While Google PageSpeed should not be the core focus of analyzing whether or not your site is optimized for SEO, there are times when it is very important to look into what could be slowing your site down. After all, you don’t like waiting. So why would your customers?
Additionally, there have been updates in the analysis method and score results.
Google Pagespeed Got a Makeover
Google recently updated the way that they are analyzing PageSpeed, providing more in depth information and benchmarking the speed of your site to other sites on the net. This makeover is powered by an open-source tool called Lighthouse. You can learn more about the updated PageSpeed analysis here.
Instead of providing arbitrary rankings for optimization and load time that was often unavailable, you now are able to see how your site lines up on a score from 0-100.
Recommendations are also more pointed and every suggestion has hover-over info to provide additional information with supporting links.
This is all wonderful, but sometimes this information can still be misleading, especially for websites built on CMS platforms. So, you should pair the information you receive from Google with either Pingdom or Chrome’s Developer Tools to confirm the recommendations. Your CMS platform’s support center or the developer that built your site can further assist on how to implement the recommendations if you are unable to do so.
Using Google PageSpeed gives you an invaluable insight into how the largest search engine is understanding and rating your site, so I always recommend leveraging the free tools that Google provides. This does not mean that you should treat that information as gospel!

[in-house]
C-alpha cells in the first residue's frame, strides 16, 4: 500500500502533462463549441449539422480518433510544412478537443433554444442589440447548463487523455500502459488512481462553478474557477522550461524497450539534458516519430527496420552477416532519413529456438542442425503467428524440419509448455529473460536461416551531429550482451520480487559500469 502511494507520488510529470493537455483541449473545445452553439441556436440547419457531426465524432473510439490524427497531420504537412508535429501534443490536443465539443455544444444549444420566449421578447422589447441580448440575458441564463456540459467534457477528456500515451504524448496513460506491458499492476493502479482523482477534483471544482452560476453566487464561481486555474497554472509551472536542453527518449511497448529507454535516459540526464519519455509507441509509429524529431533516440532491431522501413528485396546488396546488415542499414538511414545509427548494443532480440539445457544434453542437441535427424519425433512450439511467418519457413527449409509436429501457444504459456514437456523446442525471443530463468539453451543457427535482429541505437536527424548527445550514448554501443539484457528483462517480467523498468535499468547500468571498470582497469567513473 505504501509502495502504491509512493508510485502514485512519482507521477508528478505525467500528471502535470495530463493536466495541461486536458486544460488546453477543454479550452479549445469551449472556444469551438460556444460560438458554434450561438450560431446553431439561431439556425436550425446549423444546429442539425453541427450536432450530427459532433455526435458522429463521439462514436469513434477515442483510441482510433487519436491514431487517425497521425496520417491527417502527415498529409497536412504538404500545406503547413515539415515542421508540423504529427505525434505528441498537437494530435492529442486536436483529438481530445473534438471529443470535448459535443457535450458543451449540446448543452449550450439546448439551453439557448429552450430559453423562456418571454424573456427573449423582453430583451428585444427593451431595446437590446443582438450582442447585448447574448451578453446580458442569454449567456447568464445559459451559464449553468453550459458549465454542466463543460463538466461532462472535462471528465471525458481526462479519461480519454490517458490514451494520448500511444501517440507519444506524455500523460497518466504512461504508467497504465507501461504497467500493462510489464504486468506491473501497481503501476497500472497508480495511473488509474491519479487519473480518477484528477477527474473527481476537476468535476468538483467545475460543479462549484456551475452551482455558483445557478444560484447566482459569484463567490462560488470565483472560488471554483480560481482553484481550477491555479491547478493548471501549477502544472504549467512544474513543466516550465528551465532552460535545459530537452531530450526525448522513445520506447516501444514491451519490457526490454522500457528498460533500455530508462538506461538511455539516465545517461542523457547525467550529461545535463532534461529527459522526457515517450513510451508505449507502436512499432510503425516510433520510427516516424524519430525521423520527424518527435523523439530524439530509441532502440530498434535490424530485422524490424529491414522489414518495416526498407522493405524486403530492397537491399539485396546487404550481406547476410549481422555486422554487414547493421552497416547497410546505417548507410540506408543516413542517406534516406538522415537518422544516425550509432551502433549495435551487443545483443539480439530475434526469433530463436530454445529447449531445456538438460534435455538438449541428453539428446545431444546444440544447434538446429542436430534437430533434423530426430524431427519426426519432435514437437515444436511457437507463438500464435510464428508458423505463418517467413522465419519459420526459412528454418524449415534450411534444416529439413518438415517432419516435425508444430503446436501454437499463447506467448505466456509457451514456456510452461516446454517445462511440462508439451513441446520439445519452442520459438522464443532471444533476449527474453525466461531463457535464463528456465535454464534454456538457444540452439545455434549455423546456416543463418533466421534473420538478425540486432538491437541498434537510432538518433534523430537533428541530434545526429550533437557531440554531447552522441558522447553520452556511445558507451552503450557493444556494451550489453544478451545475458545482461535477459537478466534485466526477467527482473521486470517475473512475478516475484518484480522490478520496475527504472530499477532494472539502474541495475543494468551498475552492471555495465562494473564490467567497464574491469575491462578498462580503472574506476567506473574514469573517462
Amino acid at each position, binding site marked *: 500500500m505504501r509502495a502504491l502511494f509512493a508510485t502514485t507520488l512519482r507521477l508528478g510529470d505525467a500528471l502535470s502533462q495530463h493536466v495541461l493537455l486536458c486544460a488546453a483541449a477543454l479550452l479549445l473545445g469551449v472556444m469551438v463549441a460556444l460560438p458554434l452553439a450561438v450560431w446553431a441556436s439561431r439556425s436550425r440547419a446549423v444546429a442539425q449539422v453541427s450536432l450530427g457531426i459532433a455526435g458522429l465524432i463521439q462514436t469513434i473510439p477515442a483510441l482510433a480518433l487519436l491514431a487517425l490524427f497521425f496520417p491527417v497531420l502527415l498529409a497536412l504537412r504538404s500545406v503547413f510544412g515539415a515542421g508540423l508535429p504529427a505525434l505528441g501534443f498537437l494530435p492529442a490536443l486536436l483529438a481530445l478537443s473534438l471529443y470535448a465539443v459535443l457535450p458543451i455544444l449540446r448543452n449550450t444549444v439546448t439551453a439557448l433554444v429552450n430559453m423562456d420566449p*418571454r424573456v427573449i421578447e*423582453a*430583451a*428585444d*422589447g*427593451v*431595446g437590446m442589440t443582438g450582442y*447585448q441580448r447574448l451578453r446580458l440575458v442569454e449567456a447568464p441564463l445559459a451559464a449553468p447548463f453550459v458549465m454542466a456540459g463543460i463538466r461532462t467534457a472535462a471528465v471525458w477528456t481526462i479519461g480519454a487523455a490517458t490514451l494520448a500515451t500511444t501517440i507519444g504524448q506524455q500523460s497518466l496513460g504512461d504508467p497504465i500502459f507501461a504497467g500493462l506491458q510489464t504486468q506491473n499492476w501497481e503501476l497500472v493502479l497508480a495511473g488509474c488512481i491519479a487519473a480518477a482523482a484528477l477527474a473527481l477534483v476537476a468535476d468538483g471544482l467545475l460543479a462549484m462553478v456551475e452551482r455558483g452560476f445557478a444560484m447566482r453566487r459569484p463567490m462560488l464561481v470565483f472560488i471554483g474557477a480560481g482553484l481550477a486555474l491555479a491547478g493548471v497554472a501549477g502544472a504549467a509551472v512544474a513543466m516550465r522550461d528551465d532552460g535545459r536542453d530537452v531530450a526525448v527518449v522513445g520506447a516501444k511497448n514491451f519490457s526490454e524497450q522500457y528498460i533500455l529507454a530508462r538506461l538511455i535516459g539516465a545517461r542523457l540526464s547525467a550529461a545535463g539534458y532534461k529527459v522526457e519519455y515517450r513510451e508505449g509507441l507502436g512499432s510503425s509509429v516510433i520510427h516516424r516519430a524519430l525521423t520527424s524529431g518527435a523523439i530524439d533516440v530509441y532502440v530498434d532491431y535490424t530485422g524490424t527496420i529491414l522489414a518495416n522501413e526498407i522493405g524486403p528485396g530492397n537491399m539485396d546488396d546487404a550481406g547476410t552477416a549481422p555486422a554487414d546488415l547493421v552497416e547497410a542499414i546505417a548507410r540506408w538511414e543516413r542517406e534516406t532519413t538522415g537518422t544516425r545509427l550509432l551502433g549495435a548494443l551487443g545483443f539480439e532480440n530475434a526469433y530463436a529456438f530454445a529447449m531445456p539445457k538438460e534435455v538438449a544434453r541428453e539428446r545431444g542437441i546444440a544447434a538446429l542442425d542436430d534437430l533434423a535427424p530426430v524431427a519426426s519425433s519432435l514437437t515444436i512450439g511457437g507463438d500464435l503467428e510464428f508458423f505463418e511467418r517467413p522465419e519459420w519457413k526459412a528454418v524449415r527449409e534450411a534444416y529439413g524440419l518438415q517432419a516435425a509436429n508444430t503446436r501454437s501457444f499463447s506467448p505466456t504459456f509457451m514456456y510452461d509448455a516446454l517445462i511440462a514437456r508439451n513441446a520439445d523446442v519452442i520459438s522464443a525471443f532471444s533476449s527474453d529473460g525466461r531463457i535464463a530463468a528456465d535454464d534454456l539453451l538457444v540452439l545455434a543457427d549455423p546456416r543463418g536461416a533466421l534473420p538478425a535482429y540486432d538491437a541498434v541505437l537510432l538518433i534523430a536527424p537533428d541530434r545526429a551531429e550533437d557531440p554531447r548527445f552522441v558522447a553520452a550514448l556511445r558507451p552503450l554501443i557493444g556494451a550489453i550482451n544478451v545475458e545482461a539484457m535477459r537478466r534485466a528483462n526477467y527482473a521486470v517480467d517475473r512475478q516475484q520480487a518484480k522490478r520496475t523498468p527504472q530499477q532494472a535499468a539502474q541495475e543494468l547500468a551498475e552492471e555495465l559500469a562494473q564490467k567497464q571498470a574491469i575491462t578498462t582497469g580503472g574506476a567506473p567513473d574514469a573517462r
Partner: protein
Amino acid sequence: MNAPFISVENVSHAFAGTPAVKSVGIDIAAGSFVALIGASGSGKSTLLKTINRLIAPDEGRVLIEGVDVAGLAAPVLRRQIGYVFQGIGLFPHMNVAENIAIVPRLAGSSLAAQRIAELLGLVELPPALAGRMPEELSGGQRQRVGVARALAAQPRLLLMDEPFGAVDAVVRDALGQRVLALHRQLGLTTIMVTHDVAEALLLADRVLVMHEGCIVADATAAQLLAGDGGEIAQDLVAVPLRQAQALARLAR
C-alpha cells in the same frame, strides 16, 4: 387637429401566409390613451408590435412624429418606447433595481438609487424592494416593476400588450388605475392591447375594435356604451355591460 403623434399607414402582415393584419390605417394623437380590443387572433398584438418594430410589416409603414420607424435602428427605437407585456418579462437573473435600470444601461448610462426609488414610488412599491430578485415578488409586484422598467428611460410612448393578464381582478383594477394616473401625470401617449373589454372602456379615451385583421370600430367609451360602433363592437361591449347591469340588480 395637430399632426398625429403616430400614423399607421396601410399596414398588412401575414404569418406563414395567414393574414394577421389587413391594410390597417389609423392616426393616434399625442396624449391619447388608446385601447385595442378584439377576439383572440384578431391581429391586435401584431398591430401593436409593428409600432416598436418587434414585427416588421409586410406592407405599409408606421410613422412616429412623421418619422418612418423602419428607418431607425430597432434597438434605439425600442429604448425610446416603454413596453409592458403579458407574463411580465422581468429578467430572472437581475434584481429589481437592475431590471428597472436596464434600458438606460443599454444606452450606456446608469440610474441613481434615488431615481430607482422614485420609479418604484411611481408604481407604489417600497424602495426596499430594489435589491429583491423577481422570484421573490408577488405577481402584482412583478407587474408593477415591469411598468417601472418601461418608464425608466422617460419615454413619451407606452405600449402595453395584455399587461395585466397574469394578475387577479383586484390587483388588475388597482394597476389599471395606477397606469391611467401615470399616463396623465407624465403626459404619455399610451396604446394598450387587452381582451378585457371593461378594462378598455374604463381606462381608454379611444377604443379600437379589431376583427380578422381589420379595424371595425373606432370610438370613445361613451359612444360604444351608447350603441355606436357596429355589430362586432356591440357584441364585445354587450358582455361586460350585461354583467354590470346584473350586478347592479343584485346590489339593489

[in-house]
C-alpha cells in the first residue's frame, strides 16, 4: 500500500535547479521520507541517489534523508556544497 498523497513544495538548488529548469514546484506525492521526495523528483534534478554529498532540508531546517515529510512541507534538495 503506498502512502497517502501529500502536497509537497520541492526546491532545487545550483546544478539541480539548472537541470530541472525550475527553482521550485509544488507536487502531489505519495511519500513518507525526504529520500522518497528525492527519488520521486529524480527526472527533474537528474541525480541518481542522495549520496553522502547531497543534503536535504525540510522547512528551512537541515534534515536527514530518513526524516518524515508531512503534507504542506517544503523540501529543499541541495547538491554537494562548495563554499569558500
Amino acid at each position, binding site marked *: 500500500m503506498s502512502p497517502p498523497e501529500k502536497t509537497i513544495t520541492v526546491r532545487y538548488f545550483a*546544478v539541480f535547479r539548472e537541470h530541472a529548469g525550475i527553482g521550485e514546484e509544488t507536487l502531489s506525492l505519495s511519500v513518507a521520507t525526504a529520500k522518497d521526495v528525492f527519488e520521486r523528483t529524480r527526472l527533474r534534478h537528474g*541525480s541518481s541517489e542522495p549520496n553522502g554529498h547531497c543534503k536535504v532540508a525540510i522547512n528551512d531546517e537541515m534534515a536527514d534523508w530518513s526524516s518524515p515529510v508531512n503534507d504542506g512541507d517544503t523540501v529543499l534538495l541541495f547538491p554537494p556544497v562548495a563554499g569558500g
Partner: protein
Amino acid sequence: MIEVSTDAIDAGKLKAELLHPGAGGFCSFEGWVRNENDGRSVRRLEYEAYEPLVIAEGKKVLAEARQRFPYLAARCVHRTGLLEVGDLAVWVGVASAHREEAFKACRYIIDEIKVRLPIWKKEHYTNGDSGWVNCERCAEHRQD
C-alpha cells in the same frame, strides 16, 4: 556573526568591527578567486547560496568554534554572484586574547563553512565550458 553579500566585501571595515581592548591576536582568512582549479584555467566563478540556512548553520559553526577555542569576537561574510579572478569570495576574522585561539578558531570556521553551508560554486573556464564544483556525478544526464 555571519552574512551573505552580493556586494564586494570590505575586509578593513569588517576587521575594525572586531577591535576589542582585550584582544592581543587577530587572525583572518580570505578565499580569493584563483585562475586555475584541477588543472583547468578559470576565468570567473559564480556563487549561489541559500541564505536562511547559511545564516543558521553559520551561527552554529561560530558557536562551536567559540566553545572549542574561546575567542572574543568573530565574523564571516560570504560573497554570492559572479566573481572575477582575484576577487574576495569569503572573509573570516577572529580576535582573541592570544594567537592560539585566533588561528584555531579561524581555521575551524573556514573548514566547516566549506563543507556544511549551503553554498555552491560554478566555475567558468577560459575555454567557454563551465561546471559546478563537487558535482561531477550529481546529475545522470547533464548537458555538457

PageSpeed and Shopify
Fortunately, if your site is built on a CMS platform like Shopify, most of the PageSpeed optimizations are built into the platforms. However, there are still a few things that you can do on your own to ensure that you are not needlessly slowing down your site (also covered by Chase in the previous post):
- Optimize image file sizes prior to uploading them and while you’re at it customize the image file names so that they describe the image (SEO bonus point)
- Use Shopify Hosting Service - the built in CDN ensures that load times are minimized
- Limit Custom Fonts - not only is this going to complicate your on- and offline marketing efforts, it is another thing for browsers to load on your site, meaning more time
- Limit apps - use only the apps that are going to make your life easier and improve your processes, but keep in mind each app you add is adding on to your load time.
Now that you have the basic understanding of the new Google PageSpeed score and how to evaluate the recommendations, when should you look into your website score?
- You experience a lag when visiting your site or customers have complained
- You have noticed your organic traffic has suddenly decreased dramatically
- Your bounce rate has drastically increased
- You recently made significant changes to your site or changed your theme
In conclusion, Google PageSpeed DOES matter… sometimes
While I wouldn’t go as far as saying that you should straight up ignore Google PageSpeed, you don’t need to worry about it if your site is running on Shopify. There are enough things for you to worry about as an ecommerce shop, don’t needlessly worry about PageSpeed. If you are experiencing lag when you visit your site or a sudden spike in your bounce rate, PageSpeed is an invaluable source in determining what you can do to improve your site experience, but take what you learn with a grain of salt and compare the findings with Pingdom or Developer Tools to verify the recommendations.
Krystine Monnett is the founder of Holistic Marketing LLC., offering a range of Digital Marketing Services including SEO, Marketing Consulting, and Squarespace Site Design.